Now is the time to make your plan and how you will handle things.  This would also be a great topic to talk to your partner or other adults in the house about.

Blessings and love,
Carrie

Embracing Authentic Children

It has been said that childhood is a series of letting go.  We should be able to trust in the process and see most young people  really becoming able to care for themselves, their surroundings, articulate their goals and launch themselves into that celebration of independence and authenticity to themselves around the end of  the high school years if not before. However, in order for that to actually happen, we need to impart our knowledge and wisdom to our children, embrace them for who they are and what path they are on (freedom of authenticity), let them make mistakes, be there to support and guide – but also get out of their way.  You have lived your life.  Now let them live theirs.

This may seem such a strange notion.  After all, no one loves the idea of personal responsibility and independence than North Americans.  We have built an entire culture around this idea of independence, and often I feel in our society push tiny children to become independent in hopes of reaching this functional adulthood sometime in the high school or  college -aged years.  Why would we need thoughts on letting our children make their own mistakes and handling that?   Why wouldn’t everyone want their children to be their authentic selves and respect this in their child?

This seems so common sense, and yet, I see more and more parents having trouble letting go.  They are tracking their children all over their college campuses with apps.  They are stepping in and helping their child clean up mistakes that are no way the parent’s to hold.  They say they respect their authentic child’s dreams, the different from them individuality of their child – except when it doesn’t coincide with the dreams they held for their child.

I think we often forget several things along the way:

Our life and our ideas of what constitutes a satisfactory life are not their life and ideas.

Sometimes in order to find ourselves, we had to leave our family for a little bit.  Again, maybe this a completely Western idea, but I often think of myself. I would have been a totally different person if I hadn’t left my home state and had the life experiences I have had. For some people, maybe it’s about not pursuing the family business or marrying who our family thought we should marry or whatever the situation is.  Often it takes a little time being away from the family in order to find oneself as an individual without the family impression of who we are being our only self-picture.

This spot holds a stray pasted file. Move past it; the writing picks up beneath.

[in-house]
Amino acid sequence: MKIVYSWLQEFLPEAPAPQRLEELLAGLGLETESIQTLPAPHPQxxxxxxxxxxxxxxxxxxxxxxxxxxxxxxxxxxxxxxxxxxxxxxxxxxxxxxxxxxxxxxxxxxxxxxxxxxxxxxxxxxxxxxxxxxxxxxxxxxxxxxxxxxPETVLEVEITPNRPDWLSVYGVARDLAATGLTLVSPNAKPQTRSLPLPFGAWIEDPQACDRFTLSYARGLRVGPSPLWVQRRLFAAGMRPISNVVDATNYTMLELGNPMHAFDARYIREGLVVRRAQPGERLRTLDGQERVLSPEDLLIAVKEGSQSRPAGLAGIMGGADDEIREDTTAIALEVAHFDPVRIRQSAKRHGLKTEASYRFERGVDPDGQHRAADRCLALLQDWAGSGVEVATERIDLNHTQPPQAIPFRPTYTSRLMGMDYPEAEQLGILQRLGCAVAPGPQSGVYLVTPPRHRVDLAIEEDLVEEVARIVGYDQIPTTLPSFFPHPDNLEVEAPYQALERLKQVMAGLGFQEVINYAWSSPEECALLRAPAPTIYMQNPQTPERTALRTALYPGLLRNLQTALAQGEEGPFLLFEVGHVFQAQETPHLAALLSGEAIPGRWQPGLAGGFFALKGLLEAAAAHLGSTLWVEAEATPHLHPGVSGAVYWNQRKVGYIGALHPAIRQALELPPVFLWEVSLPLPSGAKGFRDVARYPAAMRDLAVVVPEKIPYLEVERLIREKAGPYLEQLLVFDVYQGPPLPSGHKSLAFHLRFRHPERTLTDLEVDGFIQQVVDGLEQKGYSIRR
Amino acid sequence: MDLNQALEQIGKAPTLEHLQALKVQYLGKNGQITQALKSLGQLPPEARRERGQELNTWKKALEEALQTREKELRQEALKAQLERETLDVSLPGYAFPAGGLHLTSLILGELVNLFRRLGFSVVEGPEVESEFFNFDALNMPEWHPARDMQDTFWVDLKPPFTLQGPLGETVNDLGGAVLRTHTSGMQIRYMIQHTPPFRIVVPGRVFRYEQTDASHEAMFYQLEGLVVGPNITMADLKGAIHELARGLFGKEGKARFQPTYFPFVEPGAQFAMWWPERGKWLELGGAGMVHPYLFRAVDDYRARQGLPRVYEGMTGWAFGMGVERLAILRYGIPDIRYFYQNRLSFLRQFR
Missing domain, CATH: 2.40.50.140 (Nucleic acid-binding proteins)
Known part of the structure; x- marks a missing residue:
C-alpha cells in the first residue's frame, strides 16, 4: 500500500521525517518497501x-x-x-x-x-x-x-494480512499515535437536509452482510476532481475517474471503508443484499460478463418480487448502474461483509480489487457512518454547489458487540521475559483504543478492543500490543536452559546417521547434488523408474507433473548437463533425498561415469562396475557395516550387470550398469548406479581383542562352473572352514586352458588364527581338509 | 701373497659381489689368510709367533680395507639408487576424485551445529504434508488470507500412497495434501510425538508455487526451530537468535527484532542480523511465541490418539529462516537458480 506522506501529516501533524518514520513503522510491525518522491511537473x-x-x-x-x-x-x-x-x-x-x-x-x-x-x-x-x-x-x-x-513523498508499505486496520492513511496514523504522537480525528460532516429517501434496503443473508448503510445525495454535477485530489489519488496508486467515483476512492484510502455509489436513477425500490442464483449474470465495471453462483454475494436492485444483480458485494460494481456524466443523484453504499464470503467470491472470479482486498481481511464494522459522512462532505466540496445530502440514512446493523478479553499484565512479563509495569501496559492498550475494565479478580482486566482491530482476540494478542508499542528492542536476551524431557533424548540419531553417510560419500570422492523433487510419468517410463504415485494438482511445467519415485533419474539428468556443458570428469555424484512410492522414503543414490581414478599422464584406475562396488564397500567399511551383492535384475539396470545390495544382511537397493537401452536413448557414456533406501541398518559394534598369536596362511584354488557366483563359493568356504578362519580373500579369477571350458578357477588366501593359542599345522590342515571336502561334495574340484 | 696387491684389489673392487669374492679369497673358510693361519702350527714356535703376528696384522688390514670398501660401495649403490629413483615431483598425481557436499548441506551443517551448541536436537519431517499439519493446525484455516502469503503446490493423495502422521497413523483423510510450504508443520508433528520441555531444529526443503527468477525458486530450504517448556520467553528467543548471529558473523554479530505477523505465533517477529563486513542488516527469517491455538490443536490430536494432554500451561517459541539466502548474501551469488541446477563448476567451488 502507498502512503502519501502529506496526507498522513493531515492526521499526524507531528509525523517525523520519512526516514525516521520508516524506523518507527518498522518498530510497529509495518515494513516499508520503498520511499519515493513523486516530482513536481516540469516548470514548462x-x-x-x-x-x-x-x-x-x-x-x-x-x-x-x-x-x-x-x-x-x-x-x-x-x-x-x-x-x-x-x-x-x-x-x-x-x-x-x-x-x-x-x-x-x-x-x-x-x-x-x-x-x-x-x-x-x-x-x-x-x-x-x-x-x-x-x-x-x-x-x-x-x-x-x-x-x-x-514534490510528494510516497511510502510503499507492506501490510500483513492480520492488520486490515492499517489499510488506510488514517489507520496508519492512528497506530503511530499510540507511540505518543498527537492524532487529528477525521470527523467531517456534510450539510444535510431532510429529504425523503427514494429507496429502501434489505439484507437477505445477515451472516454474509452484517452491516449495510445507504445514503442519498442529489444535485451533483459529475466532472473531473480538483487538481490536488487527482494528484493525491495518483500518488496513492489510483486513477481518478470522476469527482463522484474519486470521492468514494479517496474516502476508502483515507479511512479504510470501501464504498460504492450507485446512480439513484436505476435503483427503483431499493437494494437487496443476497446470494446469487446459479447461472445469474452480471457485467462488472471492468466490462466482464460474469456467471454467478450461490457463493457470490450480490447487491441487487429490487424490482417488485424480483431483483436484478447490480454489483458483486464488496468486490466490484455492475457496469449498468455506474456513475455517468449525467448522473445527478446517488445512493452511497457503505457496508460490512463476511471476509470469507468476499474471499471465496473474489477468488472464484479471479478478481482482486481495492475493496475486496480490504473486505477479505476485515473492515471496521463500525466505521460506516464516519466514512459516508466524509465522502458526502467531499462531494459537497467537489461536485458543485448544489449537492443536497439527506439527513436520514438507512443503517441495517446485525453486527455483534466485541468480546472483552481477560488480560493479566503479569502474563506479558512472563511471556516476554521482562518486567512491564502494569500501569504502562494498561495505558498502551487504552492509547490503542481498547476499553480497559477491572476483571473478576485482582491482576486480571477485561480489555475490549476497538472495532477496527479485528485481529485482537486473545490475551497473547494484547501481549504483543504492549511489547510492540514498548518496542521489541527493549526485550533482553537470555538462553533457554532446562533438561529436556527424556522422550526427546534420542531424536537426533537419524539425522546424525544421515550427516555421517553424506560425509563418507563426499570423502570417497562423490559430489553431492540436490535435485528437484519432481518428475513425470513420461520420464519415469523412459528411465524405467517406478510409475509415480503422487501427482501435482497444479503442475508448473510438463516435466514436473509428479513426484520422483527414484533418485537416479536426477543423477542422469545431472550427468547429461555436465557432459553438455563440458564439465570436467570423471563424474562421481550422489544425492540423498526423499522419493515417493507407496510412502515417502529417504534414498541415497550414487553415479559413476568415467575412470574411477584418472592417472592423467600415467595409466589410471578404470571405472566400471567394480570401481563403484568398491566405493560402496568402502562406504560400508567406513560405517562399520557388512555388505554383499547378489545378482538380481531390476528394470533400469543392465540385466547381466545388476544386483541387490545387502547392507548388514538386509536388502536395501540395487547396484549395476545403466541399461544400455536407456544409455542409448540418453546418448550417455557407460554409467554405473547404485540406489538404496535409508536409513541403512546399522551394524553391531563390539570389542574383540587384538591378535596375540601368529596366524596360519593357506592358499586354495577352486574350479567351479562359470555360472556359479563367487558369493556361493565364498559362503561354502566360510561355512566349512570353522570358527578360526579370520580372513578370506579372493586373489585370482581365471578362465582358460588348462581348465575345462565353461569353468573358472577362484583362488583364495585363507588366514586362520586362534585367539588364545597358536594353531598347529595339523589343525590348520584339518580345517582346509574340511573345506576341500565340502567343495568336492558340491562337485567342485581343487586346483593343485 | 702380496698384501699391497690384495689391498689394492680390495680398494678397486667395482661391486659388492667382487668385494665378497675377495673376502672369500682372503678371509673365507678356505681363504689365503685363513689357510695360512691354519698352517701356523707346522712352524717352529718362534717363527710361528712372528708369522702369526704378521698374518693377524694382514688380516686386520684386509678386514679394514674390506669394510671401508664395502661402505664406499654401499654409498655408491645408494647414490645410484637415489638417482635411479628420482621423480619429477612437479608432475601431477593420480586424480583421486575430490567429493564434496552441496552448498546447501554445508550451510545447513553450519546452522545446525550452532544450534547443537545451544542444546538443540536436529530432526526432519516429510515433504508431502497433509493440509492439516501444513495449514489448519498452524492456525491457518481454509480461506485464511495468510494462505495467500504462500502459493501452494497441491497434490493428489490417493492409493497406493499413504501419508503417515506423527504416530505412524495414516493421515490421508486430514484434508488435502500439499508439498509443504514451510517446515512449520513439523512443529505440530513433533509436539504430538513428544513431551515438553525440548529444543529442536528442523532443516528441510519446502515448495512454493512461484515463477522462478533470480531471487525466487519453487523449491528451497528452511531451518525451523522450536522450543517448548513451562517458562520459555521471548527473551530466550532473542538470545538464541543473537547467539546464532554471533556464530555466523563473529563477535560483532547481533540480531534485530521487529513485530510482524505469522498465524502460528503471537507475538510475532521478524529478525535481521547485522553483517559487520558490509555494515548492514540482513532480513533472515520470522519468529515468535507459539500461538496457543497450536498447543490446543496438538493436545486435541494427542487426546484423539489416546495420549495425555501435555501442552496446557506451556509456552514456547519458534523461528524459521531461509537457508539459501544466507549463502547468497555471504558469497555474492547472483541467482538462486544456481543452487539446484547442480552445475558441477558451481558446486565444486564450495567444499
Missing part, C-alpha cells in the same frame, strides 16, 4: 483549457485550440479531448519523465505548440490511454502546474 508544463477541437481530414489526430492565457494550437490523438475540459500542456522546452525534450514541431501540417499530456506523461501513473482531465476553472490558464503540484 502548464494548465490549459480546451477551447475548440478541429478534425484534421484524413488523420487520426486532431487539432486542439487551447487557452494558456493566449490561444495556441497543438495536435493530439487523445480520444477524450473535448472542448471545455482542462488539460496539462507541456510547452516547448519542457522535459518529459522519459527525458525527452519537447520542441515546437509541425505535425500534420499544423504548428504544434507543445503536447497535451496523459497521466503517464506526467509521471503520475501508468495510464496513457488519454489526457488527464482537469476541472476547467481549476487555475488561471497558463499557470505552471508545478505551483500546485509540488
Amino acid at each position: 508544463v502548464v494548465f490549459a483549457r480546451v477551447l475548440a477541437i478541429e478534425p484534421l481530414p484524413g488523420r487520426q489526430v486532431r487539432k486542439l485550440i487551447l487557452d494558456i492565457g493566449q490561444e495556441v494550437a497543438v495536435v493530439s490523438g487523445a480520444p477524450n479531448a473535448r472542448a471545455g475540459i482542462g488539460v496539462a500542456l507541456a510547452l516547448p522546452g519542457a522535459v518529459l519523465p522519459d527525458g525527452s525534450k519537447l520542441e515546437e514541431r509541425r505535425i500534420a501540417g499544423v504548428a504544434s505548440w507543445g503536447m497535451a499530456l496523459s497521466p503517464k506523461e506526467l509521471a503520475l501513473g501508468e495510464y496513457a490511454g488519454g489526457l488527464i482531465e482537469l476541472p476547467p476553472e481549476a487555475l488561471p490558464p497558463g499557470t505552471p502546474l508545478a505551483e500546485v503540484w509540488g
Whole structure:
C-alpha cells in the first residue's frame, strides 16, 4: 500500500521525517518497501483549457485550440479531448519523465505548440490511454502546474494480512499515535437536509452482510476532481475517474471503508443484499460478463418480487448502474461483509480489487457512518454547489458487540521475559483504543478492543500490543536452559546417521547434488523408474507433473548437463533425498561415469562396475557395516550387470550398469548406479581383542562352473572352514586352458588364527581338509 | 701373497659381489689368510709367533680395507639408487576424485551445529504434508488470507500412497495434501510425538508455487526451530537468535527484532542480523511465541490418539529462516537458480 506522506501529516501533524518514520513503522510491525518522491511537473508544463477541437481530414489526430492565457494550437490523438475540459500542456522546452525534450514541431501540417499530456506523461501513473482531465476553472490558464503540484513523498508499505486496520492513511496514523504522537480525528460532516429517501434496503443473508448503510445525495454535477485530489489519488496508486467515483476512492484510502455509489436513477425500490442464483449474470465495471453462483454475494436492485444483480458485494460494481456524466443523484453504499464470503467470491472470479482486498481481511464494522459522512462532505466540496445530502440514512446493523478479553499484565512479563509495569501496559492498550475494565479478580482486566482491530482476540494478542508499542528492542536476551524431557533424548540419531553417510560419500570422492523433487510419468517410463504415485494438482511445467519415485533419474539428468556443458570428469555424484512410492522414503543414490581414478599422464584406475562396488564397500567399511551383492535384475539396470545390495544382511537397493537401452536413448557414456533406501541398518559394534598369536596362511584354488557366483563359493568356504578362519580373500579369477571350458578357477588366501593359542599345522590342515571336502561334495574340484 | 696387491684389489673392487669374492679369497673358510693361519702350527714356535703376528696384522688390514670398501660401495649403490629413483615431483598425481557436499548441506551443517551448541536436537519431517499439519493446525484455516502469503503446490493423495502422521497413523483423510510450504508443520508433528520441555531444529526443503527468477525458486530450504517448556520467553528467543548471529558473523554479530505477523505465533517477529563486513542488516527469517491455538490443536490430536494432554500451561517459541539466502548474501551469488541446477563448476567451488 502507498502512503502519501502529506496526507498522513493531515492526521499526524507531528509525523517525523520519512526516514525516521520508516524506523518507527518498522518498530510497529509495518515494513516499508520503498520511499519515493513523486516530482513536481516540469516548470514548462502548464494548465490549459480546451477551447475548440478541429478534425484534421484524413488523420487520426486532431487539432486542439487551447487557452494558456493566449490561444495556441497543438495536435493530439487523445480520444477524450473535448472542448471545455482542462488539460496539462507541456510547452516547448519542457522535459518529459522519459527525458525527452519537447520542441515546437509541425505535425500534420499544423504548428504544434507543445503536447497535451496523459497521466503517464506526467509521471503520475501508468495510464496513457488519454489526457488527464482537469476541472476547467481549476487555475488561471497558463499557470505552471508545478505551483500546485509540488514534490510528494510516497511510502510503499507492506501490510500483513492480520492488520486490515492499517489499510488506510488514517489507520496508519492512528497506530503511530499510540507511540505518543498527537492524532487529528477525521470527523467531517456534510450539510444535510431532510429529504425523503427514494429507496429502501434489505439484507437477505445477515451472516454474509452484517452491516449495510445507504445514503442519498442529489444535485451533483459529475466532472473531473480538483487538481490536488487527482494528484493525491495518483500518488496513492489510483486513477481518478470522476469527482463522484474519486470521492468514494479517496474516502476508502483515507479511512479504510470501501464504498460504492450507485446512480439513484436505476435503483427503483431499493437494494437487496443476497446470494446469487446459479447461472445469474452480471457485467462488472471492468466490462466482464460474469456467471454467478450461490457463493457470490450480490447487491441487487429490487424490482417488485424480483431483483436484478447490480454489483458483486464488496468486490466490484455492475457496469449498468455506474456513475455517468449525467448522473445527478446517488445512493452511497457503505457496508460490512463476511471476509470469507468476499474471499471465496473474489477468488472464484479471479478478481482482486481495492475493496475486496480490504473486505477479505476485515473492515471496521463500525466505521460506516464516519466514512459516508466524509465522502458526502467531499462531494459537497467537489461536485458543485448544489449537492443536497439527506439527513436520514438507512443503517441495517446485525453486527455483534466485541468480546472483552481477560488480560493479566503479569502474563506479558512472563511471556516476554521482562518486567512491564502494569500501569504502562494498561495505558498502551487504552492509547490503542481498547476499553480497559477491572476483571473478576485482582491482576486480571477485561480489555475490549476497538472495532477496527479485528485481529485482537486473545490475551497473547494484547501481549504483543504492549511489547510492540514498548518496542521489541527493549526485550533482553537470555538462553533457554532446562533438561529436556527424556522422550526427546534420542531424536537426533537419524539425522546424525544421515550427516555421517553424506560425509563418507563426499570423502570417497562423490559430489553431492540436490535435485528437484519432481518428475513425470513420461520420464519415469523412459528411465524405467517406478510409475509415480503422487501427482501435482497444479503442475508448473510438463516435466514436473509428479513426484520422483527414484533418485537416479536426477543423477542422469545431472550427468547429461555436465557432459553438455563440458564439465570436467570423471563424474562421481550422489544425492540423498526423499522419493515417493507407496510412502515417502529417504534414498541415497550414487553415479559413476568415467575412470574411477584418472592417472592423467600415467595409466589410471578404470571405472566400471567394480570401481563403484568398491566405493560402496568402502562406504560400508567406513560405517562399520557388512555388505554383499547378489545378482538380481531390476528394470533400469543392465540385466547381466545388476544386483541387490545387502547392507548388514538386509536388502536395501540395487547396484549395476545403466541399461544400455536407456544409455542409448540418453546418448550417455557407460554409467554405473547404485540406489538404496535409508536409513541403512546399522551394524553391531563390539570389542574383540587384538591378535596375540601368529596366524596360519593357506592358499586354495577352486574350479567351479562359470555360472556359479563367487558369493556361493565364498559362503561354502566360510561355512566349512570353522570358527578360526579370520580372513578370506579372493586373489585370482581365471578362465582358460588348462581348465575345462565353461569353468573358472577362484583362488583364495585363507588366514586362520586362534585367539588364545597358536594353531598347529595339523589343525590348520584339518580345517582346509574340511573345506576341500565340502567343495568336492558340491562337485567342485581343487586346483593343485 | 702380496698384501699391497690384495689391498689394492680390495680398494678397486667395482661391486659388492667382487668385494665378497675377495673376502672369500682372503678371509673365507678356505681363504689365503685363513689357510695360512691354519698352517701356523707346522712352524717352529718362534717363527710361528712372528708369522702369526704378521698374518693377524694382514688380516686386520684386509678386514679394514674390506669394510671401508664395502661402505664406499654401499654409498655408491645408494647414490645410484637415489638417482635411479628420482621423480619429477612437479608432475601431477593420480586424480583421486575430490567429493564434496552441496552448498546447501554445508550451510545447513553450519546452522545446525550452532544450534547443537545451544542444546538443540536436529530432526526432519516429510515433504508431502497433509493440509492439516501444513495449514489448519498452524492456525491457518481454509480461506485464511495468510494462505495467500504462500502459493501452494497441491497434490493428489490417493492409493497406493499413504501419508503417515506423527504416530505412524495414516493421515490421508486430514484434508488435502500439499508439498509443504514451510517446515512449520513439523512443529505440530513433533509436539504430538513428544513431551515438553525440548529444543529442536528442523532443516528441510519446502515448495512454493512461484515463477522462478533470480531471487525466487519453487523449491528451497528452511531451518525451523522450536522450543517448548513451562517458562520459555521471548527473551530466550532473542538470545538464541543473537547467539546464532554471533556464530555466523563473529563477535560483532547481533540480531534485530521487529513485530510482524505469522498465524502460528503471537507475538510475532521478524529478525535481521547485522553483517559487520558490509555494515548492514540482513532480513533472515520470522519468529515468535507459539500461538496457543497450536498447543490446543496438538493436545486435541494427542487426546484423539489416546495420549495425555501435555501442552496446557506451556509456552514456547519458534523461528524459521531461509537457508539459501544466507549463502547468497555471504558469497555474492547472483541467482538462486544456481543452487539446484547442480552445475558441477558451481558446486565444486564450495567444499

And we often forget sort of the opposite thing in a rush to actualize the real and authentic self as a young person:  that we need others and that what we do has a ripple effect through us, our family and friends, our community.  We are all connected, and family is often (not always) a connection.

I think part of learning how to do this begins right in education and in parenting – showing our children over and over how important the details are but how we also need to be able to see the big picture and the connections that span across people, communities, fields of study.  In the end, we need to impart wisdom, let go, let our children find their very authentic selves, and feel safe in their identity.

Children, teens, and young adults need acceptance and  a safe harbor to paddle back to.  But the reality is, if we are paving a gentle path for them, if we are not letting them go, if we persist in putting them in the same category they were when they were 12 and now they are 24, we are doing them a disservice.  Embrace the beauty of your authentic, growing, changing, beautiful child growing up and living their own functional life.  It’s their turn.

Blessings and love,
carrie